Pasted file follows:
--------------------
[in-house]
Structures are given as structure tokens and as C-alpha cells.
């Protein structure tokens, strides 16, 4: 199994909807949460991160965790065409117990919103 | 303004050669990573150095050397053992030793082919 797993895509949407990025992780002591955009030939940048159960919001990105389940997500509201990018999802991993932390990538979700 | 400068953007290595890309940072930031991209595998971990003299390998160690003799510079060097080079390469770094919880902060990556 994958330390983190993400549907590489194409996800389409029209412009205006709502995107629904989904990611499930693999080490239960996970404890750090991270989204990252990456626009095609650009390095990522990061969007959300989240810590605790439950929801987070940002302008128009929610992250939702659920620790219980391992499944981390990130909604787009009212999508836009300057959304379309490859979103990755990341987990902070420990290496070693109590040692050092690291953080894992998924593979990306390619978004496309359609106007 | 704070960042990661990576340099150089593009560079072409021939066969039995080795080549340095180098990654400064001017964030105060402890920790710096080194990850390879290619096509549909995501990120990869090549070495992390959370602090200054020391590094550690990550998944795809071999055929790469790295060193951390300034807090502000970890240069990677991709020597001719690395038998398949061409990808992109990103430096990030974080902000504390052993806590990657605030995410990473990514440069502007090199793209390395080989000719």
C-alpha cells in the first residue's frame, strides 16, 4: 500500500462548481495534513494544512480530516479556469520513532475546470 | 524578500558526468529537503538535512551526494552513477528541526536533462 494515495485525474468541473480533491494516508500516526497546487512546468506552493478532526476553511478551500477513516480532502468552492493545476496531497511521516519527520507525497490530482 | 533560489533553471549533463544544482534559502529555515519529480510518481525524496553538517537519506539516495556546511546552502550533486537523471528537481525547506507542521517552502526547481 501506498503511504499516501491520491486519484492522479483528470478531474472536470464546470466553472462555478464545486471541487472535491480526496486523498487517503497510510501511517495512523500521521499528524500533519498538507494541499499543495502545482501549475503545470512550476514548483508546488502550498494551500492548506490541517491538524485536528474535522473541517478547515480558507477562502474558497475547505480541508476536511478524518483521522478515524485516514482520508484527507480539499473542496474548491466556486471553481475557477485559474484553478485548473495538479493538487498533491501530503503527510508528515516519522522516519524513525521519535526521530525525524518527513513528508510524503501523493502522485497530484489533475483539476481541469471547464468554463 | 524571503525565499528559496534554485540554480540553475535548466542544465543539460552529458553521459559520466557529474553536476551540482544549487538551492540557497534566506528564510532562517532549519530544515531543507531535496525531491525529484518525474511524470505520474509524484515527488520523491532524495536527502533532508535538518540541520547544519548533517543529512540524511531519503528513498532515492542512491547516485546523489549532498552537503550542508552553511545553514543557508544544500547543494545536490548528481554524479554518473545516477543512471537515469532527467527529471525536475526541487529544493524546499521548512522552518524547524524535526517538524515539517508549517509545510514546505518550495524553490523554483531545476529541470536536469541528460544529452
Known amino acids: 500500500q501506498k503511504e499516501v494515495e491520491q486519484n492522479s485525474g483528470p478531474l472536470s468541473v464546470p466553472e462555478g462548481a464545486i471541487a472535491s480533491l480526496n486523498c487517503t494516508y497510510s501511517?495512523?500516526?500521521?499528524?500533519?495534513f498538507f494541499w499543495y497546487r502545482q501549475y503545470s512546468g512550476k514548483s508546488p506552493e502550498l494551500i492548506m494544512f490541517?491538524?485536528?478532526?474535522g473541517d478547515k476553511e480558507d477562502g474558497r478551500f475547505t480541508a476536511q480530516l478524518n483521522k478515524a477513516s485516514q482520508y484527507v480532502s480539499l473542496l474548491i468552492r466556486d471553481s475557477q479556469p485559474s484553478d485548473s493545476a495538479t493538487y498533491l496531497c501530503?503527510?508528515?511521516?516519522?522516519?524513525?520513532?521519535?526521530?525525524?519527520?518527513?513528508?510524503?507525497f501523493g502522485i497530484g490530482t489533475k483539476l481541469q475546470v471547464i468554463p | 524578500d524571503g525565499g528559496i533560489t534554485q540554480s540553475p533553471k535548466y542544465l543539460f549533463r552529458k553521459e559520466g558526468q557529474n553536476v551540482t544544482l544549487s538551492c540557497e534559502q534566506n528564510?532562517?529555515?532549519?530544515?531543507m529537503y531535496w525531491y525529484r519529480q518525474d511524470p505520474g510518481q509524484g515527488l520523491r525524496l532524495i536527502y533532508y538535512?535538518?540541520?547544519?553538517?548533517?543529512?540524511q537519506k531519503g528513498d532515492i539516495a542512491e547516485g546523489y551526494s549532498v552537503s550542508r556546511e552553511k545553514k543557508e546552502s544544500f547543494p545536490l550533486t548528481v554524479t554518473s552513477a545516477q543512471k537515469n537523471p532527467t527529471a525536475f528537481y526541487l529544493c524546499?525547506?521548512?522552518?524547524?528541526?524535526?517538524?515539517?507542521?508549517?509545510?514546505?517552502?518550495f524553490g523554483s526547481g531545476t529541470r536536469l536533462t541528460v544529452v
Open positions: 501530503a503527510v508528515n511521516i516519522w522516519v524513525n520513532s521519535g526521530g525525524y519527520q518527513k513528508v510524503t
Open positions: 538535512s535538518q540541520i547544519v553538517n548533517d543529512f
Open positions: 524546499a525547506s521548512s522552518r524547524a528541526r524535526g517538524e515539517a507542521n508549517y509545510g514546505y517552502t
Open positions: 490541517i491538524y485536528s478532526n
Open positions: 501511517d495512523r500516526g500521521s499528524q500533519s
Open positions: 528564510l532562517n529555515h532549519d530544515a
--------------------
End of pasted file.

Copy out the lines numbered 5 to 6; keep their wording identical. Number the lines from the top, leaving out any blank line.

Known amino acids: 500500500q501506498k503511504e499516501v494515495e491520491q486519484n492522479s485525474g483528470p478531474l472536470s468541473v464546470p466553472e462555478g462548481a464545486i471541487a472535491s480533491l480526496n486523498c487517503t494516508y497510510s501511517?495512523?500516526?500521521?499528524?500533519?495534513f498538507f494541499w499543495y497546487r502545482q501549475y503545470s512546468g512550476k514548483s508546488p506552493e502550498l494551500i492548506m494544512f490541517?491538524?485536528?478532526?474535522g473541517d478547515k476553511e480558507d477562502g474558497r478551500f475547505t480541508a476536511q480530516l478524518n483521522k478515524a477513516s485516514q482520508y484527507v480532502s480539499l473542496l474548491i468552492r466556486d471553481s475557477q479556469p485559474s484553478d485548473s493545476a495538479t493538487y498533491l496531497c501530503?503527510?508528515?511521516?516519522?522516519?524513525?520513532?521519535?526521530?525525524?519527520?518527513?513528508?510524503?507525497f501523493g502522485i497530484g490530482t489533475k483539476l481541469q475546470v471547464i468554463p | 524578500d524571503g525565499g528559496i533560489t534554485q540554480s540553475p533553471k535548466y542544465l543539460f549533463r552529458k553521459e559520466g558526468q557529474n553536476v551540482t544544482l544549487s538551492c540557497e534559502q534566506n528564510?532562517?529555515?532549519?530544515?531543507m529537503y531535496w525531491y525529484r519529480q518525474d511524470p505520474g510518481q509524484g515527488l520523491r525524496l532524495i536527502y533532508y538535512?535538518?540541520?547544519?553538517?548533517?543529512?540524511q537519506k531519503g528513498d532515492i539516495a542512491e547516485g546523489y551526494s549532498v552537503s550542508r556546511e552553511k545553514k543557508e546552502s544544500f547543494p545536490l550533486t548528481v554524479t554518473s552513477a545516477q543512471k537515469n537523471p532527467t527529471a525536475f528537481y526541487l529544493c524546499?525547506?521548512?522552518?524547524?528541526?524535526?517538524?515539517?507542521?508549517?509545510?514546505?517552502?518550495f524553490g523554483s526547481g531545476t529541470r536536469l536533462t541528460v544529452v
Open positions: 501530503a503527510v508528515n511521516i516519522w522516519v524513525n520513532s521519535g526521530g525525524y519527520q518527513k513528508v510524503t